I have been working with Visual Studio 2015, MVC .NET and MS SQL lately, and ran into several things that I had to keep looking up over and over, so I thought there may be someone else out there in the same boat.
Note: These are all tips for working code-first in Visual Studio.
In your Model, say you want to have a table’s Primary Key auto-increment. Sure you add [Key], but you also need to add this: [DatabaseGenerated(DatabaseGeneratedOption.Identity)]
Here is a handyÂ snippetÂ you need to add to Global.asax in order to add more than one controller to your project: Database.SetInitializer<YourProjectContext>(new DropCreateDatabaseIfModelChanges<YourProjectContext>());
In my screenshot, the name of my project is IceCream. If you don’t know the name of your project context, it should just be the name of your project with “context” on the end. I know that’s pretty basic, but as a new coder, it sometimes throws me. Global.asax is located at the very bottom of your Solution Explorer.
I have made and sold art for yearsÂ and still have a hard time (sometimes)Â calling myself an Artist. So I feel almost funny being at a game development meetup when I have never even tried to make a game. It isn’t “impostor syndrome” it’s just, I’m not sure if I am passionate about it. Not sure what I bring to the proverbial table. But I am here today, at the Shaker Launch House, with about 10 other people working on their own games. I don’t have a specific game idea to work on, but I brought art supplies and am working through some Unity 3D demos. In fact, I watched a lot of tutorials yesterday on beginning game development, and they said the important thing is to “start making a game out of what you can do” as opposed to “start with a great idea”. If you start with a great story to tell, and it is leagues out of your capacity to tell it, you will get stuck and quit. If you make a game that is just “two dots moving” (or..something), then you can actually finish a thing and then move on to the next one with one complete project under your belt (and experience).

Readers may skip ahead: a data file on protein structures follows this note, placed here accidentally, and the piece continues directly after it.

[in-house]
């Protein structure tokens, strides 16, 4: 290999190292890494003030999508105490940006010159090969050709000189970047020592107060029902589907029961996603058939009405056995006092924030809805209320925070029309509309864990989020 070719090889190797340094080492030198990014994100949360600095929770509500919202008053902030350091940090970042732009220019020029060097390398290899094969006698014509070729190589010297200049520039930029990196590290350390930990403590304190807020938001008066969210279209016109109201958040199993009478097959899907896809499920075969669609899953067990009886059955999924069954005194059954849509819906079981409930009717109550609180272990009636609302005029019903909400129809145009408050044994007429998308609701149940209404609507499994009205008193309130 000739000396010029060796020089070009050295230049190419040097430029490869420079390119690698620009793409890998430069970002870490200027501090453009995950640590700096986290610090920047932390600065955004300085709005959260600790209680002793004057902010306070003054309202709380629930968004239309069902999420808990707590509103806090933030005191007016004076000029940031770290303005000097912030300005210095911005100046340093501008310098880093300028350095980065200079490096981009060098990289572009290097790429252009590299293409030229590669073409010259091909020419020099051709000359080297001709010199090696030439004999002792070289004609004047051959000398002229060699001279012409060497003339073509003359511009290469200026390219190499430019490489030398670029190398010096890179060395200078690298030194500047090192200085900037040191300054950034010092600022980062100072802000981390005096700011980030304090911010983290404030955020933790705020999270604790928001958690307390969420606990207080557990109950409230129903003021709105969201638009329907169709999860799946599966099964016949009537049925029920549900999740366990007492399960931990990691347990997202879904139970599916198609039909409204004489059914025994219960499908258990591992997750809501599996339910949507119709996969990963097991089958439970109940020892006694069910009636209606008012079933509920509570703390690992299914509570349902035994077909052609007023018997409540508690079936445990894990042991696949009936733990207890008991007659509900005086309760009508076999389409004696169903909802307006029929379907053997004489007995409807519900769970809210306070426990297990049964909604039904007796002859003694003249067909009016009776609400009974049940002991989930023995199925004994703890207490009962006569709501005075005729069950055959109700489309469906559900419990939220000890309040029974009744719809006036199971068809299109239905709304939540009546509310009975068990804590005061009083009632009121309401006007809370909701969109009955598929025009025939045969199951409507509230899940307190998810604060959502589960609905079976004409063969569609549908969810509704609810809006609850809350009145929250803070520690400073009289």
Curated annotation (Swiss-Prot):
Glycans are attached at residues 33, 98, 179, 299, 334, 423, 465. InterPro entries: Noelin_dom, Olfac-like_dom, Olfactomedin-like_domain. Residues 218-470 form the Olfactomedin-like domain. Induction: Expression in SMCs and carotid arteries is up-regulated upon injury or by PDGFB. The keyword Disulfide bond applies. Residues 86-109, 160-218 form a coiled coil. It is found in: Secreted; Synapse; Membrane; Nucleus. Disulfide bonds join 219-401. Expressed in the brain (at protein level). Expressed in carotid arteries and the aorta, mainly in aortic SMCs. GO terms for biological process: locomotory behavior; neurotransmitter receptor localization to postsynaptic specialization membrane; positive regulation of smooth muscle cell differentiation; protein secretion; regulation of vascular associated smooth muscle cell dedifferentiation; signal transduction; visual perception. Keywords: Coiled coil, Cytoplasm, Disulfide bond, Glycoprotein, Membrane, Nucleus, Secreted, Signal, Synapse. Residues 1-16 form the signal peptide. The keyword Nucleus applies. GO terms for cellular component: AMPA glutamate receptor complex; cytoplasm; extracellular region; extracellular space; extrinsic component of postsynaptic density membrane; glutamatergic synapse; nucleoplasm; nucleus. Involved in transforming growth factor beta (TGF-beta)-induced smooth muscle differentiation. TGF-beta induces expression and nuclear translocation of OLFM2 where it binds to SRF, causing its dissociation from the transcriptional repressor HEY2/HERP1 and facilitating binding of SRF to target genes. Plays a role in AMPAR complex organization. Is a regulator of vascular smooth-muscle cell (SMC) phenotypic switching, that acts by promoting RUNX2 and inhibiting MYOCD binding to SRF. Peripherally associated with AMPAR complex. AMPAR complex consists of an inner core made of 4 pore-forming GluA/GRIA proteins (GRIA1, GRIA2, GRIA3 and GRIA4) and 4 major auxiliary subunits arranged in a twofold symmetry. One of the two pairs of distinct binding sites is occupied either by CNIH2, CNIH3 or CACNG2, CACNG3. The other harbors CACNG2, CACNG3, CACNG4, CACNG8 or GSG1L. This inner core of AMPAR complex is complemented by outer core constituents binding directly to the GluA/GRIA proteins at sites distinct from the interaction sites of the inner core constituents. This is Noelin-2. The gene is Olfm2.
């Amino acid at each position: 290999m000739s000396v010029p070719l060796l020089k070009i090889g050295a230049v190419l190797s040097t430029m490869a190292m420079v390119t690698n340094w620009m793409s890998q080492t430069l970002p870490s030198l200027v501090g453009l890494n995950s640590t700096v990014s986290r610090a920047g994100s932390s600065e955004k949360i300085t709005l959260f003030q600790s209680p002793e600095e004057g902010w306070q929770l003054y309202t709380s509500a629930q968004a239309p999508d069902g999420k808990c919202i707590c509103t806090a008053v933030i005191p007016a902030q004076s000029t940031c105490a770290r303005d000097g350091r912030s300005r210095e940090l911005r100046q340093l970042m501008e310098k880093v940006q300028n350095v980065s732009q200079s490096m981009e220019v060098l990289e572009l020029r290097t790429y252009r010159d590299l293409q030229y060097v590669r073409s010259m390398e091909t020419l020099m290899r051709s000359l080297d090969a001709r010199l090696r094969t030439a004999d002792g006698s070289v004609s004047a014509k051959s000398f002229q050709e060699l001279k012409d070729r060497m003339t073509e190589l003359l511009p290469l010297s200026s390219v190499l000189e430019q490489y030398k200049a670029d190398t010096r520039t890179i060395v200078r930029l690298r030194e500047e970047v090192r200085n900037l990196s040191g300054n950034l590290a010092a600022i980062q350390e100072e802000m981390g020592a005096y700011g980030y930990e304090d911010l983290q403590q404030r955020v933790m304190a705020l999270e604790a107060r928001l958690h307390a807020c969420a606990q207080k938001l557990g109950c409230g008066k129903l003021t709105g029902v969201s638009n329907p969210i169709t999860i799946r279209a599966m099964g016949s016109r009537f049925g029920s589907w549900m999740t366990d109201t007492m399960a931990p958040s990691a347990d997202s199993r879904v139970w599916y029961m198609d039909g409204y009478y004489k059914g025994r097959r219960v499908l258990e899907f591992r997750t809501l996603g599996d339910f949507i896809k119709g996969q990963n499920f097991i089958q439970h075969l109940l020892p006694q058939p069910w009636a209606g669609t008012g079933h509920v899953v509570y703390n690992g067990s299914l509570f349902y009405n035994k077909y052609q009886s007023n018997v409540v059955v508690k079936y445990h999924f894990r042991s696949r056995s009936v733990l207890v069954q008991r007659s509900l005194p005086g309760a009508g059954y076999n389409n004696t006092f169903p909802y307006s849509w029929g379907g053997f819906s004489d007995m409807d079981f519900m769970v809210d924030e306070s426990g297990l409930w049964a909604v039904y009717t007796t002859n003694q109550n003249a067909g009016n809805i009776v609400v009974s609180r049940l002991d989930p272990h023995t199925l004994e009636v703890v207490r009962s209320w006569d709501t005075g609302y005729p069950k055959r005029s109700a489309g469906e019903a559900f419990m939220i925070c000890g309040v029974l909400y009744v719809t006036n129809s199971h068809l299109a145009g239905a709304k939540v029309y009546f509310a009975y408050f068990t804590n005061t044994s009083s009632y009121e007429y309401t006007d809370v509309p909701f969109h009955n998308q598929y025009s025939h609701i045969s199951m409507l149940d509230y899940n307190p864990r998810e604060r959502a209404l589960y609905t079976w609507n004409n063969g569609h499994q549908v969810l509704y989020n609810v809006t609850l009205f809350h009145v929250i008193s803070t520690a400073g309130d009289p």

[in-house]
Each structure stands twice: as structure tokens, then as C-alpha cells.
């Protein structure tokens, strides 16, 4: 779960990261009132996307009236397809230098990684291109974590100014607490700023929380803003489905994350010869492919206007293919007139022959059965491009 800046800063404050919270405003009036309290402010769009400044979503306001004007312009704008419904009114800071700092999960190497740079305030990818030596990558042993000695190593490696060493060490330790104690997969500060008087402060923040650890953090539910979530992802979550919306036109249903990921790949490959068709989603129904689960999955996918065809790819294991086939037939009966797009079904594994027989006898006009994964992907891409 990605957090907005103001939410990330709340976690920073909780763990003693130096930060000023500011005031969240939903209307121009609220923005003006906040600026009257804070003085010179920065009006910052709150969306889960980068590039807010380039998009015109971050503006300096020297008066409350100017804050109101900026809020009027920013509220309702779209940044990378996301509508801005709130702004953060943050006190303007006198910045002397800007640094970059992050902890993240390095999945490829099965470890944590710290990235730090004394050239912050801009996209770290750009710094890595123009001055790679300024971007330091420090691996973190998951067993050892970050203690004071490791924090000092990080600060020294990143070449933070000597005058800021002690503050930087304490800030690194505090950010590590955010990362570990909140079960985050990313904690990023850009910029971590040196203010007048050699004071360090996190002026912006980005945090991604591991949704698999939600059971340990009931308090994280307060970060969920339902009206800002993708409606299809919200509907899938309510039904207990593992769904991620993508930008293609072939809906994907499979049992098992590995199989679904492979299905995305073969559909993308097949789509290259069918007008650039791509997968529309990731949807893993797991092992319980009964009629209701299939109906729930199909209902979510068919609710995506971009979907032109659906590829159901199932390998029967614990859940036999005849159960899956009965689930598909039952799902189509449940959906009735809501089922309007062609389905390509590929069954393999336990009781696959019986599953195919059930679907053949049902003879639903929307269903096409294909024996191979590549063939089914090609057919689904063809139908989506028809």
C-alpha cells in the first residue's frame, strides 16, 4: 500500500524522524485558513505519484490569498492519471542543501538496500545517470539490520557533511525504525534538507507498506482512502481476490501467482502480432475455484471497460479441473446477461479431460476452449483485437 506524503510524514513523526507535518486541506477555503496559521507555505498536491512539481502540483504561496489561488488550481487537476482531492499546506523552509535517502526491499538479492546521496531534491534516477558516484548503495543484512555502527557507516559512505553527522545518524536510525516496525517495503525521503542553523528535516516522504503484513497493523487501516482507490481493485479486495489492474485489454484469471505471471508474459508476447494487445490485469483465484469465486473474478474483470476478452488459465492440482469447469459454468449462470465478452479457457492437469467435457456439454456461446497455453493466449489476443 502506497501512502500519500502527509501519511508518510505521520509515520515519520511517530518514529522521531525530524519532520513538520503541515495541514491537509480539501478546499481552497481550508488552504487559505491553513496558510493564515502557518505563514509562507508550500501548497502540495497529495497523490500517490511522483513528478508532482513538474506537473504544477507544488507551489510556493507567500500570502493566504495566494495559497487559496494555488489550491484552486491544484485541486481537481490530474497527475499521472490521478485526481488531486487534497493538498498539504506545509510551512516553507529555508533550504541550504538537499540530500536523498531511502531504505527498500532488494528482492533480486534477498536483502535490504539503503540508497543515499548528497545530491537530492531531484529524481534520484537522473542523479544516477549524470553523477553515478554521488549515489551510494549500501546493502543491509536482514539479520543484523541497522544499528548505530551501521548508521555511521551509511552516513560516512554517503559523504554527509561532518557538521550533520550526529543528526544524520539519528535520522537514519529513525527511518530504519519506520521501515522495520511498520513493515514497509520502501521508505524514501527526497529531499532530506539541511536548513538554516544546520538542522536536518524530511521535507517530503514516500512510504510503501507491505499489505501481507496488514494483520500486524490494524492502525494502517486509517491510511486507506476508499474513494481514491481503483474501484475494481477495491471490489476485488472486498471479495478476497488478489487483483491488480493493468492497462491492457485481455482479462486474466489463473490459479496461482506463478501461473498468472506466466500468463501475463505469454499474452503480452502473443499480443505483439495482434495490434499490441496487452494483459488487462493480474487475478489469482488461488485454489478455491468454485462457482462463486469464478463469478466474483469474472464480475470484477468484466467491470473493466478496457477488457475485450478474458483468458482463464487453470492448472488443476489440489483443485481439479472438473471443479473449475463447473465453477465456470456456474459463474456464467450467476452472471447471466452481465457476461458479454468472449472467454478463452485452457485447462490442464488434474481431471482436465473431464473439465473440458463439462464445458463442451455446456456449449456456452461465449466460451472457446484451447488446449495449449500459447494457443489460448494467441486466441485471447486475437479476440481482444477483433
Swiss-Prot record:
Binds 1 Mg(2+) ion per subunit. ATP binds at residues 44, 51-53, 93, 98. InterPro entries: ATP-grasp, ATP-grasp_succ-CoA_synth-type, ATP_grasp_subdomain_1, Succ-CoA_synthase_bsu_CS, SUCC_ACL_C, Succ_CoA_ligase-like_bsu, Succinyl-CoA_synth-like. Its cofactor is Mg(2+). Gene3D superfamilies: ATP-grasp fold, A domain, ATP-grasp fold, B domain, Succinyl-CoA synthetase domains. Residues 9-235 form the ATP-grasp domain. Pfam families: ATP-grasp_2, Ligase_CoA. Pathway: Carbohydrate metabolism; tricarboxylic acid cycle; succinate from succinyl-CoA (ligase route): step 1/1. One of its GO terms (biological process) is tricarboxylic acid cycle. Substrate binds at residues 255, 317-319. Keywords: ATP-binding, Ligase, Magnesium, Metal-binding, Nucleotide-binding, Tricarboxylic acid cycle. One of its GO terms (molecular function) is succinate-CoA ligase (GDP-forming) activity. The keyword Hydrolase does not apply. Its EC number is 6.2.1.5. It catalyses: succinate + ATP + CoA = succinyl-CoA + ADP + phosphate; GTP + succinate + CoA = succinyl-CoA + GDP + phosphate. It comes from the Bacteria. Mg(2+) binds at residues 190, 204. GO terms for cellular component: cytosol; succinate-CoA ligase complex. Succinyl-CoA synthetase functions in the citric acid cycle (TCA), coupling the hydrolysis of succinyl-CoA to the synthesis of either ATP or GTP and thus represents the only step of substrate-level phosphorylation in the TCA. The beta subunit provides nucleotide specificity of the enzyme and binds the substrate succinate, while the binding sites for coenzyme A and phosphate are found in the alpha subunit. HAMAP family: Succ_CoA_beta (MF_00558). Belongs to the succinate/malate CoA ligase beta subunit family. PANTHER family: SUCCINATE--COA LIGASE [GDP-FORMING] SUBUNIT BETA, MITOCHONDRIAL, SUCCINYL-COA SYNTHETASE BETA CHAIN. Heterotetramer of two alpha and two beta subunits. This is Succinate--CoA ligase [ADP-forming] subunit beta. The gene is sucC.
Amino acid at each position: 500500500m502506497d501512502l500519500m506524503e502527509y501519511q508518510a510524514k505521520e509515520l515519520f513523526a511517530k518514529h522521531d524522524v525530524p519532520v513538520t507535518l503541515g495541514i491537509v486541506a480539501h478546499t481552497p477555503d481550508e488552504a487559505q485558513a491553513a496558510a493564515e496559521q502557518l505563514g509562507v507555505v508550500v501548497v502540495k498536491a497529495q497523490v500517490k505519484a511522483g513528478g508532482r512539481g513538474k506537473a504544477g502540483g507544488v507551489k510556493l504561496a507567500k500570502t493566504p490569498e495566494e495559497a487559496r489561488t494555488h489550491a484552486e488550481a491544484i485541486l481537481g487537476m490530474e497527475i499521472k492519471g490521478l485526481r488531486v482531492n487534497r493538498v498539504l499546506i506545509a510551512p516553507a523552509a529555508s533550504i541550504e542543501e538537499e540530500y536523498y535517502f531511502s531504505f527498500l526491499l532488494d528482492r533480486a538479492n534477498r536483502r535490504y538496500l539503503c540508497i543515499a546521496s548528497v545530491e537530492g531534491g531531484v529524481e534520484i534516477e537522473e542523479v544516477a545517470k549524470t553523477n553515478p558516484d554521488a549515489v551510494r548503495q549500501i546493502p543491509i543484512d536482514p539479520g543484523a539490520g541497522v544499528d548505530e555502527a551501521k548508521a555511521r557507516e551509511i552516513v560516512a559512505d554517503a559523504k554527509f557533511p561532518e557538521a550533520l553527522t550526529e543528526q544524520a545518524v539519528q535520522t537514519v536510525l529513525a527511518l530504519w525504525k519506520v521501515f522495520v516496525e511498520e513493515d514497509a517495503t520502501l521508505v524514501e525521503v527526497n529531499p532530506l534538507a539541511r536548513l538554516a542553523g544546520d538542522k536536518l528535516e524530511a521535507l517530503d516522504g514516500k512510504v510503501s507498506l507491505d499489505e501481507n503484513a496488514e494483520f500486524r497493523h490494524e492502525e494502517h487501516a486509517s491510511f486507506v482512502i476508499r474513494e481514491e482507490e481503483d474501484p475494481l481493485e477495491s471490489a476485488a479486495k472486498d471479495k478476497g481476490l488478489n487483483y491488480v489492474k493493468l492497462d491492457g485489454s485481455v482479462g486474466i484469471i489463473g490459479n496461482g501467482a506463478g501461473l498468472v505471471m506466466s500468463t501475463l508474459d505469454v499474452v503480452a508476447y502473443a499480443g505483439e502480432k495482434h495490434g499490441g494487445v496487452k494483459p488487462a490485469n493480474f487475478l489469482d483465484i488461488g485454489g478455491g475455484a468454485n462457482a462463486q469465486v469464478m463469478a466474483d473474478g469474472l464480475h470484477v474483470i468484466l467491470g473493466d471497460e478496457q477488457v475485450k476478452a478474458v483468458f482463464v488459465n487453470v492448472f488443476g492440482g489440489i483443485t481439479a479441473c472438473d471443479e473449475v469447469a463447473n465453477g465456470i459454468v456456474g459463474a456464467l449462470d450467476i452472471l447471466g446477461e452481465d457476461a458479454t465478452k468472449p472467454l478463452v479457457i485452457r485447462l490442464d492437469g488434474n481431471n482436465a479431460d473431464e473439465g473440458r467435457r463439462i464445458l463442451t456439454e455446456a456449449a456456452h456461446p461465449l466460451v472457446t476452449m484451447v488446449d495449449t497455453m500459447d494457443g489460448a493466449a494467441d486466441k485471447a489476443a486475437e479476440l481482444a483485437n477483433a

My favorite games are ones with interesting characters and stories, and honestly, most of them are 2D not 3D. (In fact, I still like interactive fiction/text adventures.) But Unity does 2D as well. I should learn 3D since I sculpt and I’d like to see if I can print something in 3D. So many skills overlap!
I’ve always wanted to write and illustrate stories and books – art books? nature books? field guides? story books? I just love books. I did not really think about makingÂ games (I feel like all of my friends have always wanted to make games). I’m still not sure it is my platform, but I really want the experience of learning new things. And goodÂ games tell stories.